Day 5-15: Stack, BST, and Linked List (CodeReview is awesome)
I have not abandoned you C. But I get impatient quite easily, and wanted to jump ahead to some greater and more dreadful foes.
For my first, I chose the Stack. A stack is a first on, last off data structure. I discovered there are no generics in C, or, rather, C programmers don’t find generics particularly useful. I created a stack of *int*s. I posted all of my solutions on codereview stackexchange, which is a fantastic place to post working code that you’d like checked for best practices and style.
I think the decision to post on codereview accelerated my learning in the art of C tremendously - I was given immediate feedback for my work and felt like I was part a discussion. Being able to jump into a community like that was refreshingly helpful.
Here is my int stack. I used a pointer to a pointer to represent the stack. This way, the head of the stack can easily be switched out, and the outer pointer never changes.
I was using an
is_empty boolean for my plates - some codereviewers suggested I just check for the NULL pointer, which feels wrong to the Java side of my brain.
Memory allocation is interesting, and what makes programming in C such a unique experience.
malloc(X) means allocate a block of memory the size of datatype X, and return a pointer to it.
When I first learned about
malloc I was struck with a thought: why don’t I always have to do this? When do I have to manually allocate memory? Because doing
int x = 5; int *pX = &5; is valid, and I did no manual allocation.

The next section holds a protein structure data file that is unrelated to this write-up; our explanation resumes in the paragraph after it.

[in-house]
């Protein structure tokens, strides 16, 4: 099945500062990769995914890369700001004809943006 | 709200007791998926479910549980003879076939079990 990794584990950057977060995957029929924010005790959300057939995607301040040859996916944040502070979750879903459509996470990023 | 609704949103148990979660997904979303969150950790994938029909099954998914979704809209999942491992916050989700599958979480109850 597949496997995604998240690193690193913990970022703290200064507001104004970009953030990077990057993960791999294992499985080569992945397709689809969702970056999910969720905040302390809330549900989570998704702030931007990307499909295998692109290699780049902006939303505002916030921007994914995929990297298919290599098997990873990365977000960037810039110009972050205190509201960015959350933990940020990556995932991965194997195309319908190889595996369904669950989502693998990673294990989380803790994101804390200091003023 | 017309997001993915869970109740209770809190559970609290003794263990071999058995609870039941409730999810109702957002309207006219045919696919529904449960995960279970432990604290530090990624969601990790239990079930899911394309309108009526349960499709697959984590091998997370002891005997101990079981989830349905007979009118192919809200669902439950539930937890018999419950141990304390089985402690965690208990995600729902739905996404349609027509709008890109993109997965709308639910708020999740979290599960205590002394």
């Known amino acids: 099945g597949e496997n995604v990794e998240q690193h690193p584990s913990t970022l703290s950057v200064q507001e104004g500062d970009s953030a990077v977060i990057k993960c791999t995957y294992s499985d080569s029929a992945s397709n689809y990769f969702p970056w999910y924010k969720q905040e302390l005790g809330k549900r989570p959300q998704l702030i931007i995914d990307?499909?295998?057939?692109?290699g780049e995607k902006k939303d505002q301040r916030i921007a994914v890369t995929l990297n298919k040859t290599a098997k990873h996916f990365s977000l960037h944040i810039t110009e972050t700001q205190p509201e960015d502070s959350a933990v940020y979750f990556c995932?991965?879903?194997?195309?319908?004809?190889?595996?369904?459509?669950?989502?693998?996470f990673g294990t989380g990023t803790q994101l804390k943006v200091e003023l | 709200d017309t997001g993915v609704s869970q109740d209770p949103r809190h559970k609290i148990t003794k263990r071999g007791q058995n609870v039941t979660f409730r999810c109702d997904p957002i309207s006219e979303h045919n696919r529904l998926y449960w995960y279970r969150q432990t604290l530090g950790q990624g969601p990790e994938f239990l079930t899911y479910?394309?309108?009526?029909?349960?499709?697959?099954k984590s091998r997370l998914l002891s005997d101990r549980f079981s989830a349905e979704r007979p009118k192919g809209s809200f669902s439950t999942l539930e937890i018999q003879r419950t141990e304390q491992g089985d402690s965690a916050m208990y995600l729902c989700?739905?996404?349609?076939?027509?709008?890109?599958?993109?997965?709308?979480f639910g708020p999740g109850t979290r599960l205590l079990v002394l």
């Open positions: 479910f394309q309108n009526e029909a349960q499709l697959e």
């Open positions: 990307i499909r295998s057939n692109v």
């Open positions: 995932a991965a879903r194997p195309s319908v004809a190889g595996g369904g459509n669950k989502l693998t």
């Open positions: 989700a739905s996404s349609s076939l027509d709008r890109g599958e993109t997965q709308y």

malloc in two situations. They are somewhat related. You allocate a block of memory when you know you are going to need space for an object, but you don’t have that object at that particular moment. This leads to the second purpose - which has to do with scope and localization. If you want your program as a whole to reference a piece of data that is being created within a function, you cannot just instantiate and assign a variable within a function. That variable will only be visible in that scope.
So you use
malloc, which creates this free, global memory for you to use, and returns a pointer. You can do what you wish with this pointer. This was especially useful in
stack, where I had
push, which took an int and added that “plate” to the top of the stack. The “plate” (or block of memory) needed to be referenced outside of that function.
The best/worst part is
free(), which frees that block of memory. It’s depressingly easy to forget to
free() memory you have allocated, and that’s what leads to memory leaks.
But it’s power, in the end. The more power I have with the computer, the more I feel like a programmer. At the end of the day, the computer is doing exactly what I want it do with C. Which can be awful, but also satisfying.